MACHADO: I didn't go through that phase that I thought, oh, I have six more months. I started dealing with that in my head about a month before it happened. And it was really bad. Like, I would go up to their bedrooms and come down. I would stop in the middle of the stairs, sit down and cry, cry. So it was really, really hard.

JOYCE: I know how you feel.

MACHADO: Yeah. So I also think something that's very important - I always have a very good relationship with my husband. Men get it differently, but they are going through something, too.

JOYCE: My husband and I both devoted our volunteer time with the Girl Scouts and the Boy Scouts, so we were heavily involved in activities. We devoted so much time to them in our off-time. So that's a little scary for me. How did you get through that?

MACHADO: I started doing things that were out of my comfort zone because when we are moms, we go to school. We make friends there. Everything that we do is based on their lives. Try to remember things that you liked to do before, and try to do them. Start little by little. It hurts in the beginning. It really hurts. I even miss things that I hated...

JOYCE: (Laughter).

MACHADO: ...Like when I get home - I used to come home with all my papers from work, books. And I was not seeing anything in front of me. And I would trip over their backpacks and shoes. And so now they are not there anymore, and I miss that. I miss tripping when I get home (laughter). So you miss everything.

JOYCE: I know I'm going to miss not calling him and asking him, what do you want for dinner, little things.

MACHADO: It's going to be hard. But you can work through them I think. And there's another thing. My oldest son - he already got married. And I have a granddaughter.

JOYCE: Oh.

MACHADO: And I can't barely remember those days that I cried. And so you have things to look forward.

JOYCE: How often do you talk to your children now?

MACHADO: I call them two or three times a week. But that becomes a great moment in your day, in your week when you talk to them and you see they are doing fine. Or even when they are not doing fine and they need you, it's reassuring when they come to you. And they're still looking for our input, our help.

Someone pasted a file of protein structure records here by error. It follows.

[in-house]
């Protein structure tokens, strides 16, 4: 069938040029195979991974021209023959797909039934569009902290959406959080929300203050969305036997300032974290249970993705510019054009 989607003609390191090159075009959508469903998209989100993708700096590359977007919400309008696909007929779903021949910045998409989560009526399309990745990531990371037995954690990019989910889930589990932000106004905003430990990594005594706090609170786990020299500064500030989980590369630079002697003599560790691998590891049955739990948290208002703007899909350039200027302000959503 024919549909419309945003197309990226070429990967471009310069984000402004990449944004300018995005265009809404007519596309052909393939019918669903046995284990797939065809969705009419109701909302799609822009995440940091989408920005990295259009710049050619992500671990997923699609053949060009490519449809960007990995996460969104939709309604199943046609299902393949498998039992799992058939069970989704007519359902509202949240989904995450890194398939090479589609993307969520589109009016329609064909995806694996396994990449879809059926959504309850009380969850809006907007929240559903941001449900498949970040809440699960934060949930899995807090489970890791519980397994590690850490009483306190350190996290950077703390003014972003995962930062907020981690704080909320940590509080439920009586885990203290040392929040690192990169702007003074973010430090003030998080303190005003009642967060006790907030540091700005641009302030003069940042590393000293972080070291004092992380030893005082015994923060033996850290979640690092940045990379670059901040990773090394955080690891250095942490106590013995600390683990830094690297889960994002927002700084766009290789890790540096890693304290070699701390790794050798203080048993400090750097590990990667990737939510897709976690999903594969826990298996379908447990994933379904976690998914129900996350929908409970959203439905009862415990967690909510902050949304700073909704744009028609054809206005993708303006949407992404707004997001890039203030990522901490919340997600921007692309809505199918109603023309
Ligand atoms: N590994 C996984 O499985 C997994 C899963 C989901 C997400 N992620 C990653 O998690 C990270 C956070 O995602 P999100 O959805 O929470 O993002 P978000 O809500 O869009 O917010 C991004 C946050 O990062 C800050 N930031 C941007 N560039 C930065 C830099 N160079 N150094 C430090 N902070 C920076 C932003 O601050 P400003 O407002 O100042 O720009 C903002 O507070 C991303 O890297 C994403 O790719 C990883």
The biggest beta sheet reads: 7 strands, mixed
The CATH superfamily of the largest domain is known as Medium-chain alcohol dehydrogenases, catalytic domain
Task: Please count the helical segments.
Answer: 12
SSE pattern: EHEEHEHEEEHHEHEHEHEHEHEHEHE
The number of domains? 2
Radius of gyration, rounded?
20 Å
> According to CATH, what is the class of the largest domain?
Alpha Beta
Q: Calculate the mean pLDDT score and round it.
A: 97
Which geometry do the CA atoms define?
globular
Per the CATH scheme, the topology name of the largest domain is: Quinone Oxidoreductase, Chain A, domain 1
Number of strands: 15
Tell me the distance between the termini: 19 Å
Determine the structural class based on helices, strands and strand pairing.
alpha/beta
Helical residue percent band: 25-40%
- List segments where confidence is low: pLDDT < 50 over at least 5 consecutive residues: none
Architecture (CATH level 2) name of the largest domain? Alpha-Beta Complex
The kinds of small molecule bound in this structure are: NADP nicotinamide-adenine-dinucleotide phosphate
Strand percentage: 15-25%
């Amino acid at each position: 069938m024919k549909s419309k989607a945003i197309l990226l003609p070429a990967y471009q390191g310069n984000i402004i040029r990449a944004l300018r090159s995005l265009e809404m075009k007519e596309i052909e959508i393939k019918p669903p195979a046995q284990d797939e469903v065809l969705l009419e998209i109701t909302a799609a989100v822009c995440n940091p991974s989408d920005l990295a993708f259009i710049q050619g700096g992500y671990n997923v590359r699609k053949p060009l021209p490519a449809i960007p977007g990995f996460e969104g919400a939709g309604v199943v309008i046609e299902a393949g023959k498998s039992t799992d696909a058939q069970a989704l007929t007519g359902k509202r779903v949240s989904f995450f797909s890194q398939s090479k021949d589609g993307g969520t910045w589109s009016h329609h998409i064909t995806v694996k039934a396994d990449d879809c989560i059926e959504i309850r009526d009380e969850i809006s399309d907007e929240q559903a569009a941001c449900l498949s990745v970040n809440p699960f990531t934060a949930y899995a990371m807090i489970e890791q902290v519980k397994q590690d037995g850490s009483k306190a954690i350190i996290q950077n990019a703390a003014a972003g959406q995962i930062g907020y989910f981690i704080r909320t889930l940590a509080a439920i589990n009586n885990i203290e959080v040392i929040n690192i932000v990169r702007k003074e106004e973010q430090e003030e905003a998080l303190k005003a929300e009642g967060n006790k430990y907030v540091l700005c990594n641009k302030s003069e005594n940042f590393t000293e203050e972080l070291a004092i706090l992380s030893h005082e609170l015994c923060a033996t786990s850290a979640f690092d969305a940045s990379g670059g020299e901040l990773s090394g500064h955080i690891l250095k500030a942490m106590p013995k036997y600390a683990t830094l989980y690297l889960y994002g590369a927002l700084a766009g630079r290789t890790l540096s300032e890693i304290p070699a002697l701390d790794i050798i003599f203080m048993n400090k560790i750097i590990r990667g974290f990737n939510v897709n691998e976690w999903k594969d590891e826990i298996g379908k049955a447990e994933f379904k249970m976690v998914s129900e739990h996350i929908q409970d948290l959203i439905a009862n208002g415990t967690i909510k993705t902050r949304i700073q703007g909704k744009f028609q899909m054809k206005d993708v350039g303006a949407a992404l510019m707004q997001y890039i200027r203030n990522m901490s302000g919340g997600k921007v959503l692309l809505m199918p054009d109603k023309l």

JOYCE: I know. That reminds me of when my daughter first went off to college. I was driving to work one morning, and I get a phone call from her. And the first thing she said was, Mom, I'm sick. You really think about in those moments how much you give for your children. And they appreciate that when they're not there because the first thing they do is call you.

MACHADO: You're still mothering them.

JOYCE: Yeah.

MACHADO: We never stop mothering them.

JOYCE: You mentioned you and your husband. Have you seen your relationship change? Have you guys gotten closer because of the extra time that you have?

MACHADO: We got really close when we moved from Brazil to here because it was just the two of us and the boys. And we kept a very good relationship. But I noticed that I have friends that when they send their kids to school and they go back to the house, they are with a stranger. So I always tell people, work on your relationship. So I always had my husband by my side. He knew what was going on with me. And I knew what was going on with him. It became different but different-good after the boys were out.

Like, one day we went to Boston just to go to a restaurant and to walk around. And all of a sudden, I said, oh, my God, we have to go home. And he says to me, why? (Laughter) We had no reason to hurry up and to go home. It's weird in the beginning, but you get used to your new freedom. And it's really good.

JOYCE: It really is a new normal.

MACHADO: Yes, yes. And you have to make that the new normal because there's no other way. I always say that sadness comes for free. And you have to work for your happiness. So do it.

JOYCE: (Laughter).

MACHADO: Not to say that there are not days that I'm home alone and sad, but I'm always trying to work to get out of that state. Try to be positive, and think about all the good things you did, how great your kids are because of you.

JOYCE: They are pretty great (laughter).

MACHADO: Yeah, see. Just grab the little things. And those are not little things. That's a big deal. So just hang in there.

SHAPIRO: That was Ana Machado, whose youngest son left home five years ago, and Crystal Joyce, whose last child leaves home in the fall. They spoke together for our series Been There. And if you want advice about a big life change or you have some advice to share, let us know. Write to nprcrowdsource@npr.org and put Been There in the subject line. Transcript provided by NPR, Copyright NPR.